Mortgage prequalificaiton: a smart way to start
Mortgage prequalification is a simple assessment of whether your debt-to-income (DRI) ratio fits American Mortgage guidelines for home loans. It also provides an estimate of how much you may be able to borrow – and that’s a good step in your home-buying journey.
While your DTI number is informative, keep in mind that you could qualify to borrow more than you can afford to spend on your house payments when factoring in your other living expenses and needs, such as furnishing your new home and monthly bills.
Getting prequalified does not require a commitment from you or the bank. Prequalification is not an actual loan application, and prequalification does not factor in your credit history. So even if you do pre-qualify, having an unfavorable credit history may prevent you from actually getting the mortgage loan. If you have concerns about your credit history, talk to your loan originator right away to find out what options may be available to you.
When you become prequalified, you may ask the realtor or loan originator who assisted you to provide a letter stating how much you may be able to borrow. Give this letter to your real estate agent to show you are serious about taking the steps to buy a home.
You can seek prequalification online or by talking to a mortgage loan originator.
Pre-approval: making it official
Mortgage pre-approval involves the same steps as a mortgage application: You will provide detailed information about your income and assets, which will be reviewed by the lender’s underwriters. If approved, you’ll receive a commitment by the lender for a specific loan amount. When you apply for a mortgage, you are actually applying for credit to purchase a specific property.
Your pre-approval shows you have the resources to make the purchase, and it helps you act quickly when you find the right home. From the seller’s point of view, a pre-approved buyer is more attractive than prospective buyers who SAY they can get a loan, but have nothing to back up their offer. By proving you have the bank’s backing, your mortgage pre-approval can help you negotiate on price, and can serve as the deciding factor when sellers receive multiple bids.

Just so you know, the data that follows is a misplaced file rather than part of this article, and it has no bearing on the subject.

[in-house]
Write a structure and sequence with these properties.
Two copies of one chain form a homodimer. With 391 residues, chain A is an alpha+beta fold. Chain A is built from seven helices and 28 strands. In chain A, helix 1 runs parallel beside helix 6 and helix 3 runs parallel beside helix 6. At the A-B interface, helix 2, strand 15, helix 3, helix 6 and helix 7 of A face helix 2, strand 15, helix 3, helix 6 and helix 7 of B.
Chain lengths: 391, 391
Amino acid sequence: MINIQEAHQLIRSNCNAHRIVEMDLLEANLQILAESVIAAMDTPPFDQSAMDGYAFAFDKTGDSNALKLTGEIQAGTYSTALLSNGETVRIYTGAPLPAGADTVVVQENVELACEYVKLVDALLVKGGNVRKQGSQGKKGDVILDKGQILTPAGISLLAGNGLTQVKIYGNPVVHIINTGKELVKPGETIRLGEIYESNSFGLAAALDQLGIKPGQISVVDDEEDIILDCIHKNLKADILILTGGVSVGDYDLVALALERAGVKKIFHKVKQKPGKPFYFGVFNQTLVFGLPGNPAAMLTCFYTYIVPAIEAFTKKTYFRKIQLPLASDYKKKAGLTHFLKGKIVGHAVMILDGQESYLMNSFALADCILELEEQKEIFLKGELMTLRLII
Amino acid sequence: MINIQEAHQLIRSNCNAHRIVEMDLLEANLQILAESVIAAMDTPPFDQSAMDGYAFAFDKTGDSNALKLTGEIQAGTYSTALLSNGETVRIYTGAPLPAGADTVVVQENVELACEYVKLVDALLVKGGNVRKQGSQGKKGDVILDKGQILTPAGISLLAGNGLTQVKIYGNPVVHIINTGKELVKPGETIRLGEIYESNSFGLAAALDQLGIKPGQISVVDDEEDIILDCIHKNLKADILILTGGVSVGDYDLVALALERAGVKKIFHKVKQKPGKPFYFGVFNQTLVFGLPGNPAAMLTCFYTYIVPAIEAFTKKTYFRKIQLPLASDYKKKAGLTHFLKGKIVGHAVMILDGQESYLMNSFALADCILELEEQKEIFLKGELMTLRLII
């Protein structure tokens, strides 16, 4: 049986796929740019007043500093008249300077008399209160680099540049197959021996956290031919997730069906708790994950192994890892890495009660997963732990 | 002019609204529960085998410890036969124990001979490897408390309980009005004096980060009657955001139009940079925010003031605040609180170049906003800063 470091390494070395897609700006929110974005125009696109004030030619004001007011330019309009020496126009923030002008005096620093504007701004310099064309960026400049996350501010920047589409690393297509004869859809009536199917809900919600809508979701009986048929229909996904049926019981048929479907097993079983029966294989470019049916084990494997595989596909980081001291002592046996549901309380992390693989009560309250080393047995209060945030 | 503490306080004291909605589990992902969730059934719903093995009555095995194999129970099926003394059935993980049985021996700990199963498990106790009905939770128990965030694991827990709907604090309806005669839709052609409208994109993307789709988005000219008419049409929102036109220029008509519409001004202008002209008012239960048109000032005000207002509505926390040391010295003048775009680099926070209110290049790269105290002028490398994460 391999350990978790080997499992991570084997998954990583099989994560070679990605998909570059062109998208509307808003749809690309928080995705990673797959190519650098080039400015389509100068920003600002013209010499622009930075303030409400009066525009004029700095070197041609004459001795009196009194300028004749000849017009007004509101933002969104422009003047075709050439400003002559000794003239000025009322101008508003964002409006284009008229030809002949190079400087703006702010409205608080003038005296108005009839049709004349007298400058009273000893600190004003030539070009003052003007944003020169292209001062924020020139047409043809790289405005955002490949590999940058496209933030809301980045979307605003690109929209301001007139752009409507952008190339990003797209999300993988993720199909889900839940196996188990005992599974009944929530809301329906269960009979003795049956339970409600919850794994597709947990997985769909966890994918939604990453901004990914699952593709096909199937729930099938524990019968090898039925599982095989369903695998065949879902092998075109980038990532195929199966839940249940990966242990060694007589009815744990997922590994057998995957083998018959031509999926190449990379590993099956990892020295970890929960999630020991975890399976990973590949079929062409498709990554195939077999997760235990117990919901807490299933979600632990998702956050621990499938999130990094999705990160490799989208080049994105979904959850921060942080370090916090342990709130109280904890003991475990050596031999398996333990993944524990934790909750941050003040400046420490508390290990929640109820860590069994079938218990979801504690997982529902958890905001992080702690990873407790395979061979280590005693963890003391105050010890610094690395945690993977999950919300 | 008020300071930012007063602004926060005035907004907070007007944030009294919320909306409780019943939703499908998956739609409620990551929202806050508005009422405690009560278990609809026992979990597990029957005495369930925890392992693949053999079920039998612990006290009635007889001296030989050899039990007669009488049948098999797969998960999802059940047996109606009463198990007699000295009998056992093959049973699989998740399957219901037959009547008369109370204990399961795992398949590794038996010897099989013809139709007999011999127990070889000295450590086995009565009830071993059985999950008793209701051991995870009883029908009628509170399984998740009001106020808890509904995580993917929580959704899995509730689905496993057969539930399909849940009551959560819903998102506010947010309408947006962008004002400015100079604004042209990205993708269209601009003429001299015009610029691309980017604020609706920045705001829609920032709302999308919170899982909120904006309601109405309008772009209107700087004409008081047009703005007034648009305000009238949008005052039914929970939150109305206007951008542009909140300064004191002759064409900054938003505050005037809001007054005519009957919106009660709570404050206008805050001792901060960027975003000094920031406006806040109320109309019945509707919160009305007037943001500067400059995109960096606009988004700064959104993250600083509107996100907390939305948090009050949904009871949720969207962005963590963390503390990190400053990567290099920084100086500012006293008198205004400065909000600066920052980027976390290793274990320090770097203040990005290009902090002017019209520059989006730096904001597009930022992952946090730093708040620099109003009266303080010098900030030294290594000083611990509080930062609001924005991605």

A note on timing: Do not apply for a pre-approval until you are fairly certain you will make an offer on a home within the next 90 days. Unlike getting prequalified, a pre-approval involves requesting a copy of your credit history and examination of your application and other documents you provide. A pre-approval will show up as an inquiry on your credit report, and it is only good for a certain amount of time.
If you decide to proceed with the loan, you may also be required to pay an application fee and pre-pay for the home appraisal and other costs. An estimate of costs or fees to be paid at the mortgage closing will be determined at this stage of the process.
To get pre-approved, you’ll need to provide some personal information and financial documents including detailed proof of your income for the past two years. You can start your mortgage application by contacting a mortgage loan originator.